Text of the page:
Essential Kitchen Tools: A Roundup of Basics

Essential Kitchen Tools: A Roundup of Basics

Faith Durand
Apr 20, 2009

One of the most common questions we get from readers goes something like this: I'm outfitting a new kitchen — what do I need? Or, similarly: I'm moving and I have to pare down! What do I get rid of, and what do I keep?

Essential kitchen equipment is a subjective question. It all depends on how and what you cook most frequently. But here's a first look at the most common basic tools we like to recommend, and some posts to help guide you to a well-equipped, decluttered kitchen.

First, the links! We've come back to this question frequently, especially during last year's Kitchen Cure. Here are some of the most useful posts on the subject of essential kitchen tools:

A New Kitchen
Good Question: Stocking a New Kitchen
Good Question: Tools for a New Kitchen

Pots and Pans
What's Worth Spending Money On In the Kitchen?
On the Pros and Cons of Grill Pans
Good Question: What Kind of Cookware Should I Buy?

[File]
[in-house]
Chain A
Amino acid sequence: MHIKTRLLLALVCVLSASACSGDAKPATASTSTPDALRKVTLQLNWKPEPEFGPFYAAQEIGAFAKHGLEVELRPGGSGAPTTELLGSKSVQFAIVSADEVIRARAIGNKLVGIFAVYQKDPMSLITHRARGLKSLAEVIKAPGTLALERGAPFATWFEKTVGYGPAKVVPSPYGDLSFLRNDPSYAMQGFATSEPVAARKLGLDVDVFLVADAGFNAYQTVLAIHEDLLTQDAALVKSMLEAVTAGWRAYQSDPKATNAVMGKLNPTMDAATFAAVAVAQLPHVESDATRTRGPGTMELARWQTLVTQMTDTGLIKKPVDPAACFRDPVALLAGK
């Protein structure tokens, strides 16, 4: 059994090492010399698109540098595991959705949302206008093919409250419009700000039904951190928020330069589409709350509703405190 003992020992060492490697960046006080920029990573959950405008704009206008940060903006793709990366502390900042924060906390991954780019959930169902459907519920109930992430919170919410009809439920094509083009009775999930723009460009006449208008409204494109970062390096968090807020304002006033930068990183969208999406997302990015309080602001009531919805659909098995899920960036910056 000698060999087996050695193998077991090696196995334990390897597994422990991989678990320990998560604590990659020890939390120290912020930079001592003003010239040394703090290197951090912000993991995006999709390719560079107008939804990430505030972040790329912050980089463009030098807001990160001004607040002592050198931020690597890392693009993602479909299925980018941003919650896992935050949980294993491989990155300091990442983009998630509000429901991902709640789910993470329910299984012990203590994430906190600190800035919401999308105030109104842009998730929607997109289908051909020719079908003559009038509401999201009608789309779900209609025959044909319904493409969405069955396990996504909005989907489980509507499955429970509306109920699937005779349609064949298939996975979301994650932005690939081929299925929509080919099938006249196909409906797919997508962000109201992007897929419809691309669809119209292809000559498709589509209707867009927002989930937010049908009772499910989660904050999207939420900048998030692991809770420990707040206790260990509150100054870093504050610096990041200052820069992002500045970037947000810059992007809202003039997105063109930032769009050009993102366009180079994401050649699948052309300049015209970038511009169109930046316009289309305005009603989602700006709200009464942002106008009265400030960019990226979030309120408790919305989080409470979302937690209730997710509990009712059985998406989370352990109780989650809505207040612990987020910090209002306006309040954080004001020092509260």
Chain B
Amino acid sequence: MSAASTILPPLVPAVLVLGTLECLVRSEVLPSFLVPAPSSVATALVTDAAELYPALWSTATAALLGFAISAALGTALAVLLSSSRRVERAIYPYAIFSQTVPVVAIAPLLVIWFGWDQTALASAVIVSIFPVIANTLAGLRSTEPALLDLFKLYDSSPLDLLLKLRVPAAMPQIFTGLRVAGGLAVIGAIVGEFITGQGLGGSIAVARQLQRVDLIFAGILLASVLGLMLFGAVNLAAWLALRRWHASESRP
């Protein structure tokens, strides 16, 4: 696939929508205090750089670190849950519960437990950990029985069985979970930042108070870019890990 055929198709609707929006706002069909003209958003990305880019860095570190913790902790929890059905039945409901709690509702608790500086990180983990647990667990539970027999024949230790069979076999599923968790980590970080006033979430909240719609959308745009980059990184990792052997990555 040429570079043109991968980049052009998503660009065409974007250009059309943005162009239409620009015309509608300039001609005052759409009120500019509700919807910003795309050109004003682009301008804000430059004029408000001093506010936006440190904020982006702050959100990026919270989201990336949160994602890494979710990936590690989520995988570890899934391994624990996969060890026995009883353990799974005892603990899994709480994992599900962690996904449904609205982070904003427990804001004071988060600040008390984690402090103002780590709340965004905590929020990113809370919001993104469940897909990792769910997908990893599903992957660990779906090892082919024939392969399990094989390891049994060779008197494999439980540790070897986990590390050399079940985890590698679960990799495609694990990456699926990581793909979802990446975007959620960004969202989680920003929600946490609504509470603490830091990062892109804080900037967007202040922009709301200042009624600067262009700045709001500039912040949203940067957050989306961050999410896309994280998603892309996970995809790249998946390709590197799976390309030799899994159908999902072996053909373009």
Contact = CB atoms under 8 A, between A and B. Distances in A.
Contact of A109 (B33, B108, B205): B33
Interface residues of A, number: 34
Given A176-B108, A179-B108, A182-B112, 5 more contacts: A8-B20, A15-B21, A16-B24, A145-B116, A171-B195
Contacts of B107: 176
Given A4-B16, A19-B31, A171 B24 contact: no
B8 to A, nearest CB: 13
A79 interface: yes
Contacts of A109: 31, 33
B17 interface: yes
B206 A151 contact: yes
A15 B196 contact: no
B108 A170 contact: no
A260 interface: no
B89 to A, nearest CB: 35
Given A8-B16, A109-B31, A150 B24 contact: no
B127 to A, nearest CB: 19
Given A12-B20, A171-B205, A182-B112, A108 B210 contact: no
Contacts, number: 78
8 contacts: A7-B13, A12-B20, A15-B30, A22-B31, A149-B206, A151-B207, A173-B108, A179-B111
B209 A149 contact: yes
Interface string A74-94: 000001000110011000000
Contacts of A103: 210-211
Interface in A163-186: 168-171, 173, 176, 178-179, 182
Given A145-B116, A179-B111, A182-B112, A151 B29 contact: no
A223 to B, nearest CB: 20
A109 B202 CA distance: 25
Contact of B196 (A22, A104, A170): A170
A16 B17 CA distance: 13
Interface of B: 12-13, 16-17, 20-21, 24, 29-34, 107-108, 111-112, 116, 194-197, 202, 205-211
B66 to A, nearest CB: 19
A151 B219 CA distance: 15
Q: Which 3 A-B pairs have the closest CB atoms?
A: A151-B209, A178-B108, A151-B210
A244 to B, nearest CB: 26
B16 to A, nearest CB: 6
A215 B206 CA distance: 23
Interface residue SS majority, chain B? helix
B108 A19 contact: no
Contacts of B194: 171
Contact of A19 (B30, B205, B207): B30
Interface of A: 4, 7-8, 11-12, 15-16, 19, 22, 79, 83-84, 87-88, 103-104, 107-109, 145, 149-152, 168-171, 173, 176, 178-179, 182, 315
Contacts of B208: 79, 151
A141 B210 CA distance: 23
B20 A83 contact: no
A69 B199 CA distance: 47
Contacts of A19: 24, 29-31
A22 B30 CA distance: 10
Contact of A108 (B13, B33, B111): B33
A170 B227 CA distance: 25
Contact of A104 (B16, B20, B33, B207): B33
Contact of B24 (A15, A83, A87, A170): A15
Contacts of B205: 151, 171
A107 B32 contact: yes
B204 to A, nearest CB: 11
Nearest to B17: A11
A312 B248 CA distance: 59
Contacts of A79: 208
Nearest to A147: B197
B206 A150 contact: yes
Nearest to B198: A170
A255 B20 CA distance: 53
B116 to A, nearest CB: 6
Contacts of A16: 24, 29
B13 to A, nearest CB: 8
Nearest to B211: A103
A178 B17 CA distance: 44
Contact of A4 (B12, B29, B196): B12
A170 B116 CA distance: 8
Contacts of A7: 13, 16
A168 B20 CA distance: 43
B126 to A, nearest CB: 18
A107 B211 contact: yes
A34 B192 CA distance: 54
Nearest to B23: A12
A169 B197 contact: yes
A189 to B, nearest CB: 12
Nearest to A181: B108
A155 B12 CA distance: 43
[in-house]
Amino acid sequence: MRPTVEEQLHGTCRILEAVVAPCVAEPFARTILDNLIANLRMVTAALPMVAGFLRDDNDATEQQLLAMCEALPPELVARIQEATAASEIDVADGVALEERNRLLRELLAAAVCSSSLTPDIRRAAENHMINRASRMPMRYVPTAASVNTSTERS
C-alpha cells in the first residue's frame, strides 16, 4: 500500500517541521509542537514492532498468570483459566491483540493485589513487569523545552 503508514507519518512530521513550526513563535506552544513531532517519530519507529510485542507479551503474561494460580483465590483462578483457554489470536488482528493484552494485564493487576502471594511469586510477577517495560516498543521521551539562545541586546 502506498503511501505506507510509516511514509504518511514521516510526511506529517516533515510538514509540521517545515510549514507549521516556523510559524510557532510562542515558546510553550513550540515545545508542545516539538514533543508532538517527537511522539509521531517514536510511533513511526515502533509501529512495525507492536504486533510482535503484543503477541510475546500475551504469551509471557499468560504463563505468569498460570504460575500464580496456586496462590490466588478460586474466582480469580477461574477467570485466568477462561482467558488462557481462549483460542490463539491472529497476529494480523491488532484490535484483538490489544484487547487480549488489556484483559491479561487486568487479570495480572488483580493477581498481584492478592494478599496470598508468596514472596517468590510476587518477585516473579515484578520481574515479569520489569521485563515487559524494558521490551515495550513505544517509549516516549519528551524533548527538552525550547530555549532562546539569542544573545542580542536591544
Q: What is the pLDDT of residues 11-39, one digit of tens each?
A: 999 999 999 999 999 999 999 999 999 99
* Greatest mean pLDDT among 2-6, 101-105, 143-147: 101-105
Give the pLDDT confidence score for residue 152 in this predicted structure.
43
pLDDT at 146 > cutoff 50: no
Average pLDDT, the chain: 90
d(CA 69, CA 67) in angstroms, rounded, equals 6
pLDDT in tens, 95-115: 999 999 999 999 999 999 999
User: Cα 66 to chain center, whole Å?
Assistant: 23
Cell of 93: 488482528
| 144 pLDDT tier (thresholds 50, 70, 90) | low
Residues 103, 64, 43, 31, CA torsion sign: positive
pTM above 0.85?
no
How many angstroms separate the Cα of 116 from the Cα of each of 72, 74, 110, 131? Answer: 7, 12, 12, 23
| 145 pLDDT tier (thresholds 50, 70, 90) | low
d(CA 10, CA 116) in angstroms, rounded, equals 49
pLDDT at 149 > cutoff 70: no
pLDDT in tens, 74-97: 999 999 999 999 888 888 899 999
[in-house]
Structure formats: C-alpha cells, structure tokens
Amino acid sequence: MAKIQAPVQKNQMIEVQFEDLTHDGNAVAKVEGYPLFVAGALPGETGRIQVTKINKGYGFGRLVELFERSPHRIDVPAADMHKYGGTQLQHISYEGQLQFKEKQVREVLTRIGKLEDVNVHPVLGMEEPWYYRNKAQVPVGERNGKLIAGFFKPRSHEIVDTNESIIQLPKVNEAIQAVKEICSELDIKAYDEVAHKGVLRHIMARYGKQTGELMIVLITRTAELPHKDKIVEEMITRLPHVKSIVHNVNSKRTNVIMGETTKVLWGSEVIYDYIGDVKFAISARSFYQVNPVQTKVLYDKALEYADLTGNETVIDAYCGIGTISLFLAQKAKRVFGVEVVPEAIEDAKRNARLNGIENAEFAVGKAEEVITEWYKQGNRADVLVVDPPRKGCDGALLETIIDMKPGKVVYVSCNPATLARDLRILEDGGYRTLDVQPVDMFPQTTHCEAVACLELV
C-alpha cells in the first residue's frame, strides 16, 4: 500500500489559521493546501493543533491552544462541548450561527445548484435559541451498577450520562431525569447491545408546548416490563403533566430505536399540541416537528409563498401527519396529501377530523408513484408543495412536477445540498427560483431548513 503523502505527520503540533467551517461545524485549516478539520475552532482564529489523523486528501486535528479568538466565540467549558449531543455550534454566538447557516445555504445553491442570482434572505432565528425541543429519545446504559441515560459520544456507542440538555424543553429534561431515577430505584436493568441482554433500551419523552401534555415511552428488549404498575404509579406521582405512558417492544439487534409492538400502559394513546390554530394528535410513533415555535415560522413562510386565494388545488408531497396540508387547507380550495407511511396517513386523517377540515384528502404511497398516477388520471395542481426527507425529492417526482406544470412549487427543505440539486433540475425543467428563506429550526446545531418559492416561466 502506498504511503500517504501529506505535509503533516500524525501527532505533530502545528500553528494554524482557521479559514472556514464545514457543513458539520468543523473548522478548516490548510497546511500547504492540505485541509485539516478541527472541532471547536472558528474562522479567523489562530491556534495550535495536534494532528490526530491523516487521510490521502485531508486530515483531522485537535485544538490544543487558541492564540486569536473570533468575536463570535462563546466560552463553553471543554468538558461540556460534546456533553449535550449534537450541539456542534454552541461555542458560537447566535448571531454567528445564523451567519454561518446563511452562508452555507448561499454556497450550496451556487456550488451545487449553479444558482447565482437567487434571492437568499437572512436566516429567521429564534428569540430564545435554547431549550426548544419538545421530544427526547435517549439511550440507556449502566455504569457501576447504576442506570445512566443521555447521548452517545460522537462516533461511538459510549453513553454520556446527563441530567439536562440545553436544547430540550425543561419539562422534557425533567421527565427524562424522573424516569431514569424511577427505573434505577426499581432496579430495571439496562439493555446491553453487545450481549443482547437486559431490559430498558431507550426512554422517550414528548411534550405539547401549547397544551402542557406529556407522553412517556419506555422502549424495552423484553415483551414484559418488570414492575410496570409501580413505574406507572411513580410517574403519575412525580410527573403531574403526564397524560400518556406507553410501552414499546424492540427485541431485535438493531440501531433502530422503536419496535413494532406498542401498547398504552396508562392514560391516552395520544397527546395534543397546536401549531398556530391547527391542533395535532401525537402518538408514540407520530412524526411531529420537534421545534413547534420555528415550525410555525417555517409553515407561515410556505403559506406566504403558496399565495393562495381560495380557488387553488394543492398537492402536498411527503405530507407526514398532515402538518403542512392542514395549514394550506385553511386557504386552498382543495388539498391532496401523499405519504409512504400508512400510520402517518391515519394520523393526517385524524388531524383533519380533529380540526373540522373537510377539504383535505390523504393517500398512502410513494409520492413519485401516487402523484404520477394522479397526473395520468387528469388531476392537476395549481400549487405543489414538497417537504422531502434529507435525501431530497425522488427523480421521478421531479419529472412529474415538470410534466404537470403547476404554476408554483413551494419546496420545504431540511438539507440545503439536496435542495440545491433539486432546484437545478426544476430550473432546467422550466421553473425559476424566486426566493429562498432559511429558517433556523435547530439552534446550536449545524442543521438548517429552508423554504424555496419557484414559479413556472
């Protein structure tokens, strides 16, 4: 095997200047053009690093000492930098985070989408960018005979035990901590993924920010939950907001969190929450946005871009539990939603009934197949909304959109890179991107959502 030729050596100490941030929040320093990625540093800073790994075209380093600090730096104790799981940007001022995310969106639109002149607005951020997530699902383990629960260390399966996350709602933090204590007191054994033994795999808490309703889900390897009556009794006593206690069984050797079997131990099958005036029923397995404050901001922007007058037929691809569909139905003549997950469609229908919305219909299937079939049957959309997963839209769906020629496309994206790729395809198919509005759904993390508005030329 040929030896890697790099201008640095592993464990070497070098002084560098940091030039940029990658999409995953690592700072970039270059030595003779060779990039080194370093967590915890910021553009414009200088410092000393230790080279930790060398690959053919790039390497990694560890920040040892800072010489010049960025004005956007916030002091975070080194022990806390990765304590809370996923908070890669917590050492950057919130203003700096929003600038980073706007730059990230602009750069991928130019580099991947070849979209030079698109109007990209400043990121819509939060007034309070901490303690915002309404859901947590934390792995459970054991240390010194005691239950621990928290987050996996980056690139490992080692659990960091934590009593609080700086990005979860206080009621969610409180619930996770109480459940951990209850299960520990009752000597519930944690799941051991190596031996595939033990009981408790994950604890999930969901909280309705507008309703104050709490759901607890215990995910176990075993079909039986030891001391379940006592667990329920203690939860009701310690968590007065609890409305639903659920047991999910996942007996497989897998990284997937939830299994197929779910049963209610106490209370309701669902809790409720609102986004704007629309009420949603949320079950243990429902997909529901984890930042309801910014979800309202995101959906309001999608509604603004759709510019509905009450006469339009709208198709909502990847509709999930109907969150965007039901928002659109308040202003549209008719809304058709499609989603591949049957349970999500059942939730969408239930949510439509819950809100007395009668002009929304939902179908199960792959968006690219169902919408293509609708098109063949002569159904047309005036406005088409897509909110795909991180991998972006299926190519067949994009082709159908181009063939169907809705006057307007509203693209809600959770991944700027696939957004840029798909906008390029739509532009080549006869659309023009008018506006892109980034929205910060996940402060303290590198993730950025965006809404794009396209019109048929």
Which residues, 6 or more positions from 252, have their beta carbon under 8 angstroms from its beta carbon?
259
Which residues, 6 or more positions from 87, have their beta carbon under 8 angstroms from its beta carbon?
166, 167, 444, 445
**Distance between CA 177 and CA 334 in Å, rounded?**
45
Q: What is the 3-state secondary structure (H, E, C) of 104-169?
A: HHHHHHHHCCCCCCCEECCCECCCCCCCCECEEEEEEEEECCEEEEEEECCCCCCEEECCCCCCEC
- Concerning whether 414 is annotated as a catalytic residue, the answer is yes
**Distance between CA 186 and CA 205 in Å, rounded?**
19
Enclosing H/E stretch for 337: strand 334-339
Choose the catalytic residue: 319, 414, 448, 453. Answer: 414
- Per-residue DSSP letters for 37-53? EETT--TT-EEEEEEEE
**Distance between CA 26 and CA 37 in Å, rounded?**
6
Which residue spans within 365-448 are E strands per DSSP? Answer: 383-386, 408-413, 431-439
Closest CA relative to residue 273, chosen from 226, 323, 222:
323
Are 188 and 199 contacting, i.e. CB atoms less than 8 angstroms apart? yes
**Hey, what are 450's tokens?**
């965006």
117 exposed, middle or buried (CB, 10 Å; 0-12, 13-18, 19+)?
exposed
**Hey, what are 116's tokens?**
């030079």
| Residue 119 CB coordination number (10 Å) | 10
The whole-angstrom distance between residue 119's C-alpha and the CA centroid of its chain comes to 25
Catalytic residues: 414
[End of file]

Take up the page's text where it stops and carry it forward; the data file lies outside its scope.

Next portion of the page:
Good Question: Stainless Steel vs. Non-Stick

Baking Tools
Five Essential Baking Tools: Pans
Five Essential Baking Tools: Prep
Good Question: Help Me Downsize My Kitchen Equipment!

OK, now that you have a lot of links to explore, let me sum up the basic advice that occurs throughout most of those posts. When you're thinking about a basic kitchen setup, here are the things we most frequently recommend:

• One good chef's knife
• A cast iron skillet or basic heavy skillet
• A large, solid wood cutting board
• Tongs
• A few wooden spoons
• At least one saucepan or pot
• For a large pot, double-up with a heavy Dutch oven; it can go in the oven.
• For baking and roasting, a 13x9" casserole dish is invaluable

After those things, kitchen equipment starts to be a matter of preference. Some people would never, ever use a huge stockpot or a big slow cooker. I use mine every week. I, on the other hand, almost never use a wok or an electric rice cooker; you may use each of those every day. You may love specialized bakeware and make room in your cupboards for plenty of bundt pans and mini cake pans; or you may be quite content with a 13x9" casserole dish and that's it.

Overall, the choices and mix of equipment in every kitchen become a unique expression of that kitchen's cook. How does that work out for you, and what pieces do you feel that you couldn't live without?

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